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Dealing with vehicle cybersecurity issues

It’s not just the mobile data terminals inside police vehicles that are vulnerable to cyberattacks



This feature is part of our Police1 Digital Edition, a supplement to Police1 that brings a sharpened focus to some of the most challenging topics facing police chiefs and police officers everywhere. To read all of the articles included in this issue, click here.

By James Careless

It’s not just the mobile data terminals inside police vehicles that are vulnerable to cyberattacks. The vehicles themselves are also at risk.

The reason: “Your car has an internal communications system – a databus – and it connects 50-60 microcontrollers to the physical capability of the car, including the brakes and the engine,” said Dr. Barry Horowitz, Munster Professor in the University of Virginia’s Engineering department. (During Desert Storm, Horowitz spearheaded a system for tracking and destroying SCUD missile carriers. He received the U.S. Air Force’s highest award for a civilian as a result.) “That databus is a place where somebody can interfere with a vehicle’s computer-based elements – and the physical access to the bus is right under your dashboard.”

The databus is located under the dashboard so that mechanics can quickly plug diagnostic tools into your car and find out what’s wrong by accessing the vehicle’s data readings. Unfortunately, it is also a perfect place to plug in a hacking device that can disable some or all of the vehicle’s systems, or to connect the internal communications system to an outside computer via the vehicle’s Bluetooth connection.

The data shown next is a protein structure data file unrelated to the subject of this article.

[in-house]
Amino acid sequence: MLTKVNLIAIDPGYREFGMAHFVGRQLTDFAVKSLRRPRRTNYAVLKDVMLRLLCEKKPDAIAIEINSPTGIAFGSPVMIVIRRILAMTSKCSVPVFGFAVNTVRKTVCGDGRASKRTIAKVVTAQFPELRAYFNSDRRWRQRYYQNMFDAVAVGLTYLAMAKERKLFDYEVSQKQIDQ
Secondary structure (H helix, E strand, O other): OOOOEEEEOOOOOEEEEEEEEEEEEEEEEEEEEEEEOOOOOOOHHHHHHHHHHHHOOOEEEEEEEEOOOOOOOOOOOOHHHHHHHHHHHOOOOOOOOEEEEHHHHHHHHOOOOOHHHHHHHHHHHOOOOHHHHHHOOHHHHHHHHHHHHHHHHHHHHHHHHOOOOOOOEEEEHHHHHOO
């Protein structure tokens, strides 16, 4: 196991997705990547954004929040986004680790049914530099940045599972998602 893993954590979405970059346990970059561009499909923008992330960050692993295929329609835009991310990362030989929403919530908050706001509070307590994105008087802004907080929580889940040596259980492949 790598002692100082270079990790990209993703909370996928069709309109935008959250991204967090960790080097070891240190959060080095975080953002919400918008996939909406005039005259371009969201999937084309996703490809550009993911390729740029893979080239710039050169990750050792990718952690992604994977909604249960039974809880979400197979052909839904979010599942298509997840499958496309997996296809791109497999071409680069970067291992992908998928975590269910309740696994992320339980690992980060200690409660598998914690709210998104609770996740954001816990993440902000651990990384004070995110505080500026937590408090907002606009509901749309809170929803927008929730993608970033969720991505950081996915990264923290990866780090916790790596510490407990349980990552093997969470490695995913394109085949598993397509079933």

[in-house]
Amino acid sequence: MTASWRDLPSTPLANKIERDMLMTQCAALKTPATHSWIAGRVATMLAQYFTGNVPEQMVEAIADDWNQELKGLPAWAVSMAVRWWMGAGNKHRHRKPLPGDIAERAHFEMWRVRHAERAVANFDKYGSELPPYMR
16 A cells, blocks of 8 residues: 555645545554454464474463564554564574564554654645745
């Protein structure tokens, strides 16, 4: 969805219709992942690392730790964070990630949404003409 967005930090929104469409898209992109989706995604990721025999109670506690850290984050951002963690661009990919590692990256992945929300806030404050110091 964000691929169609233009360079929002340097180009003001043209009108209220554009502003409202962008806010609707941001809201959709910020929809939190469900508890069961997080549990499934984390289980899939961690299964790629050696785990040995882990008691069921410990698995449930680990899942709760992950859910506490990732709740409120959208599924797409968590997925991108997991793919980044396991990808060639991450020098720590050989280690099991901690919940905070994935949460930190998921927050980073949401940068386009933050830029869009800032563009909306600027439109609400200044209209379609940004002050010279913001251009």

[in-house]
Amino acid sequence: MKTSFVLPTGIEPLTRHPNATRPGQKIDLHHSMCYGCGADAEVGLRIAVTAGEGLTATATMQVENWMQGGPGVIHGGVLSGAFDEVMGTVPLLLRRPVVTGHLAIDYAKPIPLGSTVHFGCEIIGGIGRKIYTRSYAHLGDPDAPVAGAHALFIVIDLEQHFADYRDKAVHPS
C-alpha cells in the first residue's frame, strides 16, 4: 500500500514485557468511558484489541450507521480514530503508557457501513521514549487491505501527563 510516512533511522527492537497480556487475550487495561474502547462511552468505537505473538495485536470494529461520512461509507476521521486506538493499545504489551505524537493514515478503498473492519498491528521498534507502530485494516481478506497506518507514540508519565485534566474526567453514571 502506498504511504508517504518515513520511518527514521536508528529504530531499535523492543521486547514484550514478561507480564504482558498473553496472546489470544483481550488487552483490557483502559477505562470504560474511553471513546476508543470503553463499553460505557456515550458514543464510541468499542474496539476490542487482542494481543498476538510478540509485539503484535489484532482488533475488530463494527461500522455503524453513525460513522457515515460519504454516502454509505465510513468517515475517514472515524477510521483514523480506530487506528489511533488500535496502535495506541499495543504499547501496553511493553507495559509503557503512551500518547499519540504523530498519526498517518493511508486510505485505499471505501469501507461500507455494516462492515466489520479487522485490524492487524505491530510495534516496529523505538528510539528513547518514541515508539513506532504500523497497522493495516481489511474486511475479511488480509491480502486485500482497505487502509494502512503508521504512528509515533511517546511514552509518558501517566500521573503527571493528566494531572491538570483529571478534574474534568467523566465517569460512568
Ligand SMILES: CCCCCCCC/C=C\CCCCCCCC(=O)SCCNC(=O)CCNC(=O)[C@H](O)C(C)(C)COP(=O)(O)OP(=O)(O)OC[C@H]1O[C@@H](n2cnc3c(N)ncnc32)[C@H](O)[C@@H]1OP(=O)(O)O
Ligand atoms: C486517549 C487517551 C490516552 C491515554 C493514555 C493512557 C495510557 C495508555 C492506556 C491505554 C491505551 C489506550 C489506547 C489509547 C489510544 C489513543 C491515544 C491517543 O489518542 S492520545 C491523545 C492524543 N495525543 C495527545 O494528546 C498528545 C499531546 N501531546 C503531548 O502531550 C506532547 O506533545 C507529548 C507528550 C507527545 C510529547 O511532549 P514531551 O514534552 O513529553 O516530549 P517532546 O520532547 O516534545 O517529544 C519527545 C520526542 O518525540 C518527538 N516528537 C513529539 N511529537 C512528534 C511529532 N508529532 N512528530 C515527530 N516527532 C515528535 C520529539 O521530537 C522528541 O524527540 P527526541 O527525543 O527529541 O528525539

“You know those fleet management tools that are designed to save money by monitoring a vehicle’s acceleration, speeds and braking patterns?” Horowitz asked. “They do this by plugging into the vehicle’s databus and transmitting data; just like a hacker could using the same kind of equipment.”

Because third-party fleet management tools are network connected, they could be hacked by hostile players. This makes these services into potential cyberthreats, according to Horowitz. But even without such devices, departments should address the vulnerability of vehicle databuses.

The obvious solution is for officers to check their databuses regularly, and certainly this can help departments deal with this cyberthreat. But the fact remains that modern police vehicles are sold with open doorways to their internal communications systems.

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“This is a point that departments should bring up with the companies they buy police vehicles from,” Horowitz said. “You also need to ask them what else they are doing to protect vehicles from cyberattacks; whether these attacks are as simple as remotely preventing a police car from starting or disabling its functions when it is being driven.”

Horowitz previously participated in a public-private working group with the University of Virginia and the Virginia State Police (VSP) that was set up by former Virginia Gov. Terry McAuliffe to address the threat of automotive hacking. As part of that project, VSP cruisers were hacked by researchers who inserted rogue devices in two police vehicles to reprogram some of the car’s electronic operations.

About the author
James Careless writes on law enforcement and technology topics.

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